Microsoft Edge's new sidebar widgets are actually worth using – PCWorld

Microsoft Edge's new sidebar widgets are actually worth using – PCWorld

Microsoft Edge's new sidebar widgets are actually worth using – PCWorld 0 0 Alan Dickson

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If you use Microsoft Edge, you may notice something new to the right of your browser as of late last week: a small vertical sidebar of icons. Some, specifically a collection of widgets called Tools, are actually worth using.
Adding sidebars functionality isn’t new; other browsers, such as Vivaldi, have made it one of their centerpiece features. And Edge, too, has offered sidebar functionality for some time, with the ability to search for a term in a sidebar, so as to avoid the need to move to a new window or tab. But the new icons are essentially a control panel for many of the functions you’ll use in Windows.
First, if you want to turn the Edge sidebar off, you can: there’s a small “window”-ish icon to the bottom. Click it, and the sidebar will slide closed. To re-enable it, simply go to the “ellipsis” menu in the upper right and navigate down to “Show sidebar,” or use the Ctrl+Shift+/ shortcut instead to toggle the Edge sidebar on and off.
Mark Hachman / IDG
First, though, the Edge sidebar is worth exploring.
At the top of the column of icons is a Search icon, with the same functionality that you’ll find in the Widgets menu that appears in the lower right-hand corner of your screen. It’s a Web search, nothing more, nothing less. Microsoft is playing a bit fast and loose with your content preferences here, however: Edge’s Search box says “Search with Bing,” and it won’t respect your preference for another search engine, like Google.
Mark Hachman / IDG
Below the Search icon is “Discover,” which provides some interesting context about the page that you’re on. Normally, this “Discover” information would appear to the right of a search result on the Bing page. Discover provides you different contextual information depending on the site; a page on “baseball” may offer a schedule of the day’s games, or the ability to buy tickets. Sometimes Microsoft will offer an analysis of the site’s traffic. In certain cases, Discover seems to offer various contextual information from search engines like Yahoo and DuckDuckGo — but not Google.
The idea appears to be that if you have the screen space — and let’s face it, a 4K monitor probably leaves a lot of screen space unused if a tab is opened across the full screen — you can search with the Discover sidebar enabled and have a richer experience.
Mark Hachman / IDG
The Tools option, though, is where the sidebar really starts to shine. Tools aren’t much more than modern representations of the some of the traditional Windows widgets (or Gadgets) that populated older Windows operating systems, like Windows XP. Here, you have a choice of everything from a world clock to a calculator to a unit converter, as well as a translator/dictionary plus Bing’s own Internet speed test widget at the very bottom. These are genuinely useful little functions.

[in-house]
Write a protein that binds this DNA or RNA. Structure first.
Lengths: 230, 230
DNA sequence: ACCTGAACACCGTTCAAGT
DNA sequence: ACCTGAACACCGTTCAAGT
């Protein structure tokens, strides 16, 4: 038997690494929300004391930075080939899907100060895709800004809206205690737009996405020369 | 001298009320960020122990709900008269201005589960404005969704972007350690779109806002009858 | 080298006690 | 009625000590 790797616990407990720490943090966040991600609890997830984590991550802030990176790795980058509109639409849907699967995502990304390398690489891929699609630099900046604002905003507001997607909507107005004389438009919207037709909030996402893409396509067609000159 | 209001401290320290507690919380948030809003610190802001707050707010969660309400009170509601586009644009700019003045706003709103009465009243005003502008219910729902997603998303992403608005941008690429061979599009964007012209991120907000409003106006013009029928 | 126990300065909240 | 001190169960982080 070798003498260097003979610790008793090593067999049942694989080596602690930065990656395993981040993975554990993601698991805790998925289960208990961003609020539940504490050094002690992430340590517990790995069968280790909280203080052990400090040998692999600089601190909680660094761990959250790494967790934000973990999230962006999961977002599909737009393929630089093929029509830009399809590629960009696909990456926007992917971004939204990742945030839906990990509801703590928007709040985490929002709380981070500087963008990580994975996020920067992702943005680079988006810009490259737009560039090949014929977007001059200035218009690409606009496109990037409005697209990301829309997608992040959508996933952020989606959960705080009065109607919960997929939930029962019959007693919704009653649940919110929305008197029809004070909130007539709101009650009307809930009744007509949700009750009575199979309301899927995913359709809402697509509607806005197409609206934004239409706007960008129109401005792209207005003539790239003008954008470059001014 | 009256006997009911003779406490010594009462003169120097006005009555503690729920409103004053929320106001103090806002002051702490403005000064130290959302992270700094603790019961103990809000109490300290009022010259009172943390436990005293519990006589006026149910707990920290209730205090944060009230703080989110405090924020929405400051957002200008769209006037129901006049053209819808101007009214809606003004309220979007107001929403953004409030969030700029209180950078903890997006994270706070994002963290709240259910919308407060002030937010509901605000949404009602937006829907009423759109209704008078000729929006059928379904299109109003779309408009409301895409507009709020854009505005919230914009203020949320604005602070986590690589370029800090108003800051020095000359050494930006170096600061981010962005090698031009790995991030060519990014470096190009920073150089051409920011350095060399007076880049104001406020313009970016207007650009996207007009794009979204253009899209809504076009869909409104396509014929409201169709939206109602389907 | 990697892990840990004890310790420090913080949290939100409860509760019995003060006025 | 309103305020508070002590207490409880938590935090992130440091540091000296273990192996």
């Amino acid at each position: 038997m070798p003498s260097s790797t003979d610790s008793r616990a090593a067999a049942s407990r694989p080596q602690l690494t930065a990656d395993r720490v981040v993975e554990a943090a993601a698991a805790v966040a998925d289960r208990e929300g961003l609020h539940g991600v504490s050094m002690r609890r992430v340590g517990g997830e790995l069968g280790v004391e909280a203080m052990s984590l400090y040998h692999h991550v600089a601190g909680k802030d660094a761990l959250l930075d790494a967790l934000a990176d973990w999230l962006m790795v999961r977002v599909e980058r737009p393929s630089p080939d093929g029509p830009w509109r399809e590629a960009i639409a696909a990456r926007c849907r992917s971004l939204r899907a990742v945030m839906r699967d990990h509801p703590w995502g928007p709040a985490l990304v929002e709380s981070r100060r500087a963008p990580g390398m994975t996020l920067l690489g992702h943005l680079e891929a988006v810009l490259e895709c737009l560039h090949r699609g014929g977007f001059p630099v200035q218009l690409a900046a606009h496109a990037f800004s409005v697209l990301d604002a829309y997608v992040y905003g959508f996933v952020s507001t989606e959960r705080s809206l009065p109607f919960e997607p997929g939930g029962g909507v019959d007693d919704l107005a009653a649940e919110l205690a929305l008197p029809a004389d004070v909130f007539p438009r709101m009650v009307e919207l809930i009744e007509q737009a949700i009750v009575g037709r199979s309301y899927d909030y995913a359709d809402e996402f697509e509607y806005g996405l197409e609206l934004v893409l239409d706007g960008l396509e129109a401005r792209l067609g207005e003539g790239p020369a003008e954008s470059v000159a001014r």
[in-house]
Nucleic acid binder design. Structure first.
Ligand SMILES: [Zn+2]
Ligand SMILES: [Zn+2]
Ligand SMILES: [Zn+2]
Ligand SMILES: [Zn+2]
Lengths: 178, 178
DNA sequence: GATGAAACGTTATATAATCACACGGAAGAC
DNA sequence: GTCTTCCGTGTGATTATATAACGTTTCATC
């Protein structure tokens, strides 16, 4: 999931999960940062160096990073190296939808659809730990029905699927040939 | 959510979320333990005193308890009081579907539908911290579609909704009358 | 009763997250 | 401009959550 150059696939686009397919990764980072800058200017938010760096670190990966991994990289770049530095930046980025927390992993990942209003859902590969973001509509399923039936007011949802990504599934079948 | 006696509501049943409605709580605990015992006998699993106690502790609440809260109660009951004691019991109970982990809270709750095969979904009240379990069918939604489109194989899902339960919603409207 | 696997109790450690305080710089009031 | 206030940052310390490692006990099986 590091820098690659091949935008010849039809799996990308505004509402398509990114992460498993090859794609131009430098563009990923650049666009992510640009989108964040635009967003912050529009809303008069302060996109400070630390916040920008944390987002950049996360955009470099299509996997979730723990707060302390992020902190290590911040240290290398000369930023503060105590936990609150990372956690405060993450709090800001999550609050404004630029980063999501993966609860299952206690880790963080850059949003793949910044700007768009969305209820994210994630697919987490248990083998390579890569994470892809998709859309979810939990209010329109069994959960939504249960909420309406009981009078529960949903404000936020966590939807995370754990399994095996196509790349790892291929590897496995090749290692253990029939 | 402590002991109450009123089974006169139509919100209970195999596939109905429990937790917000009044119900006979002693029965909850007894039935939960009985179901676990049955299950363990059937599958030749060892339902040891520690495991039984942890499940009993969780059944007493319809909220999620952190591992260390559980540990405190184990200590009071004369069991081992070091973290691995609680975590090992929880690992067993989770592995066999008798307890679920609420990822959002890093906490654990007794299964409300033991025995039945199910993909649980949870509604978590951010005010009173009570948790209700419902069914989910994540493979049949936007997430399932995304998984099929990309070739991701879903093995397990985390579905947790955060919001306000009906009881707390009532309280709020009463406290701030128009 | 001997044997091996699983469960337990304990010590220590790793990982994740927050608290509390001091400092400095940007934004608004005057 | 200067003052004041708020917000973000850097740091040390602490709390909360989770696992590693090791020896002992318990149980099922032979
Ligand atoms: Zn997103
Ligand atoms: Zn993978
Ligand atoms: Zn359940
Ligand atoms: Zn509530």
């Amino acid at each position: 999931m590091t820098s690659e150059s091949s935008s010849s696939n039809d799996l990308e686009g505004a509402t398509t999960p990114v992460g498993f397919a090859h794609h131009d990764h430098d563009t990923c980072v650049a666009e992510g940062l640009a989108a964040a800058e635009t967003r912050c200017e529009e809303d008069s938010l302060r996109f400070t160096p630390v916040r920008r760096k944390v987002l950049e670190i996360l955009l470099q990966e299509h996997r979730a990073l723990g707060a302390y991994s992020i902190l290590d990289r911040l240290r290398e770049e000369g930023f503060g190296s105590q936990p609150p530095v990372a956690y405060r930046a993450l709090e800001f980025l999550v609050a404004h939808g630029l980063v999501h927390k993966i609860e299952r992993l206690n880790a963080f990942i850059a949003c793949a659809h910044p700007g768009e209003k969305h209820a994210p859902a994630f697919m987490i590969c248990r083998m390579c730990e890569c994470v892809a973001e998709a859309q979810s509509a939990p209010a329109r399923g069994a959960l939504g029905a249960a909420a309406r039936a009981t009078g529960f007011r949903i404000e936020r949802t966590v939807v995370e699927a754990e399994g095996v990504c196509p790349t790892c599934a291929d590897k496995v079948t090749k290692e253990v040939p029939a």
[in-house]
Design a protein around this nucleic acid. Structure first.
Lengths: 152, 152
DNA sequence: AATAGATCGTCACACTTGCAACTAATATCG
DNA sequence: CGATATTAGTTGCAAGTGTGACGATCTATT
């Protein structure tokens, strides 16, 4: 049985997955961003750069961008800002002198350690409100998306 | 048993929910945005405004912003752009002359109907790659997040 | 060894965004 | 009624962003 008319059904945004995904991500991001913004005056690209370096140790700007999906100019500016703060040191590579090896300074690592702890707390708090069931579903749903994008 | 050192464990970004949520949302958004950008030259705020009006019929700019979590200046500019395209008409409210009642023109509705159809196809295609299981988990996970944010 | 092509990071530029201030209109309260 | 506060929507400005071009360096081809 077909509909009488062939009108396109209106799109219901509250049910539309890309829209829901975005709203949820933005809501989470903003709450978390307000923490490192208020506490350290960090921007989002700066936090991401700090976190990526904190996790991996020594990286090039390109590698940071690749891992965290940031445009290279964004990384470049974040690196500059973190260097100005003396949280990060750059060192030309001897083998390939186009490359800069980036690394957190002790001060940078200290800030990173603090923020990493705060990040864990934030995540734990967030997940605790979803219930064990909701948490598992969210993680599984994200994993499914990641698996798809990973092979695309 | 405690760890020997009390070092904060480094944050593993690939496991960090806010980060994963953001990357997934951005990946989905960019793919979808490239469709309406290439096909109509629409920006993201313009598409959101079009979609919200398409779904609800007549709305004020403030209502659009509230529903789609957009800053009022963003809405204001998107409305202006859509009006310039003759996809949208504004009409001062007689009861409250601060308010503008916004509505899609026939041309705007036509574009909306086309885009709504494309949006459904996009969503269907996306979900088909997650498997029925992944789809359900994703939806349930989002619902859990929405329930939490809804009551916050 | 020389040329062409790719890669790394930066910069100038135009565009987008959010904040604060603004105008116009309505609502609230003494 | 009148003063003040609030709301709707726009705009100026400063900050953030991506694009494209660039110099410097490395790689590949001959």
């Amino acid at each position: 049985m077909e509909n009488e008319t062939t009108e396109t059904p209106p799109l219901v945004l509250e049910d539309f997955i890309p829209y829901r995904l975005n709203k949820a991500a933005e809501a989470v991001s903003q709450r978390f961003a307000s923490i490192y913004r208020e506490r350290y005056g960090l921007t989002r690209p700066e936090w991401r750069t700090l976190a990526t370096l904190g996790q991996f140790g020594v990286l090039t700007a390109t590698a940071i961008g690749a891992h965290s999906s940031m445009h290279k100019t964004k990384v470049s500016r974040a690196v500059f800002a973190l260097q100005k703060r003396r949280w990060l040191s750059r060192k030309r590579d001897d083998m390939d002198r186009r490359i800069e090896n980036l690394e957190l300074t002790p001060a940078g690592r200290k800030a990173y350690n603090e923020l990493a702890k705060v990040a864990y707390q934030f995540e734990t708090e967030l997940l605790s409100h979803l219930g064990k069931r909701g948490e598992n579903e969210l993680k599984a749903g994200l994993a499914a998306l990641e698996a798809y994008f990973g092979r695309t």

You can argue that some of the “widgets” in the Widgets drawer are useful as well, if you like knowing the current temperature, stock prices, and traffic. But I always find myself searching for these dumb little conversions, and I can certainly appreciate them being at my fingertips.
Mark Hachman / IDG
Edge’s sidebar widgets have room for improvement. First, they’re not open to third parties, so they’re subject to what Microsoft suggests. And UTC time, or Coordinated Universal Time, doesn’t appear in the World Clock either as a UTC option or as the time zone of Greenwich, England, where it resides.
A list of Games is directly beneath the Tools option. Nothing here will surprise you; there’s just the usual list of Microsoft games including Solitaire, Jigsaw, Crosswords, Bubble, Mahjongg, Wordament, and more. Still, they’re all time-wasters, and detract from the productivity ethos that seems otherwise prevalent.
It’s a little jarring, too, given that directly beneath Games appear Microsoft’s Office and Outlook icons. The Office icon opens up a list of documents that haven recently been shared with you, and allows you to open the Web apps of Word, Outlook, OneDrive, Teams and more. (Naturally, you’ll need a Microsoft 365 subscription to access them.)
Mark Hachman / IDG
The Outlook icon links only to your personal account, however, with no apparent option to connect to a work or educational account. That’s a little weird, because the Office icon in the sidebar opens up your “work” version of Outlook. Microsoft might want to spend a little time further differentiating the two — or at least allow work accounts to be added to the Web version of Outlook that appears at the bottom of the list of icons, a la Windows Mail.
It all feels like a little more thought could have been spent on the arrangement of the sidebar icons, and what functions they add to your browsing experience. I’d expect more to come, too: I’m not a habitual user of Microsoft To-Do, but that feels like a natural fit. So, too, does some sort of Calendar function so you can quickly review and add to your day’s events.
But the Edge sidebar’s widgets help make it worthwhile. And as a whole, the sidebar helps Edge feel a bit more intrinsic to your work and play, too—which is undoubtedly what Microsoft set out to achieve.
As PCWorld’s senior editor, Mark focuses on Microsoft news and chip technology, among other beats. He has formerly written for PCMag, BYTE, Slashdot, eWEEK, and ReadWrite.
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